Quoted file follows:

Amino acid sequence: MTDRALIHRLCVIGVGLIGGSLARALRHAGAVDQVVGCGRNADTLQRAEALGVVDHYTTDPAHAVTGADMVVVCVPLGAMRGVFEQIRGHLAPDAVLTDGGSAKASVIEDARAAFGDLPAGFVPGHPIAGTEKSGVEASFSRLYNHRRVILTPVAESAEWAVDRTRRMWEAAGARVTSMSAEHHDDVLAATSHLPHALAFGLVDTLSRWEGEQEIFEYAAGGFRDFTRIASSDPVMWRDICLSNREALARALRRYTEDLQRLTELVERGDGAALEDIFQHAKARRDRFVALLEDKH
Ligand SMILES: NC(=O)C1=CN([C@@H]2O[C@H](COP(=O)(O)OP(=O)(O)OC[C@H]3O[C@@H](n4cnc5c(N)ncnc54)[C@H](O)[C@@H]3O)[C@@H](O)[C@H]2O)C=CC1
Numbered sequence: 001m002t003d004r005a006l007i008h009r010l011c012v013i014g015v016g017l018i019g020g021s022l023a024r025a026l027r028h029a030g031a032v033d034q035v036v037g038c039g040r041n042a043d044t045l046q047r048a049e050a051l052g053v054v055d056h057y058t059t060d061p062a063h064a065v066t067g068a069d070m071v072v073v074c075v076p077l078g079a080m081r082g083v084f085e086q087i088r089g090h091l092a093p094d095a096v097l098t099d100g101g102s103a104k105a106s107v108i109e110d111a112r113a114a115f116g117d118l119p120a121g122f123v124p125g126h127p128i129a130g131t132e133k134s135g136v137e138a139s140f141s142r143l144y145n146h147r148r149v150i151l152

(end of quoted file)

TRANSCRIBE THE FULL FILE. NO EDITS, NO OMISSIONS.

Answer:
Amino acid sequence: MTDRALIHRLCVIGVGLIGGSLARALRHAGAVDQVVGCGRNADTLQRAEALGVVDHYTTDPAHAVTGADMVVVCVPLGAMRGVFEQIRGHLAPDAVLTDGGSAKASVIEDARAAFGDLPAGFVPGHPIAGTEKSGVEASFSRLYNHRRVILTPVAESAEWAVDRTRRMWEAAGARVTSMSAEHHDDVLAATSHLPHALAFGLVDTLSRWEGEQEIFEYAAGGFRDFTRIASSDPVMWRDICLSNREALARALRRYTEDLQRLTELVERGDGAALEDIFQHAKARRDRFVALLEDKH
Ligand SMILES: NC(=O)C1=CN([C@@H]2O[C@H](COP(=O)(O)OP(=O)(O)OC[C@H]3O[C@@H](n4cnc5c(N)ncnc54)[C@H](O)[C@@H]3O)[C@@H](O)[C@H]2O)C=CC1
Numbered sequence: 001m002t003d004r005a006l007i008h009r010l011c012v013i014g015v016g017l018i019g020g021s022l023a024r025a026l027r028h029a030g031a032v033d034q035v036v037g038c039g040r041n042a043d044t045l046q047r048a049e050a051l052g053v054v055d056h057y058t059t060d061p062a063h064a065v066t067g068a069d070m071v072v073v074c075v076p077l078g079a080m081r082g083v084f085e086q087i088r089g090h091l092a093p094d095a096v097l098t099d100g101g102s103a104k105a106s107v108i109e110d111a112r113a114a115f116g117d118l119p120a121g122f123v124p125g126h127p128i129a130g131t132e133k134s135g136v137e138a139s140f141s142r143l144y145n146h147r148r149v150i151l152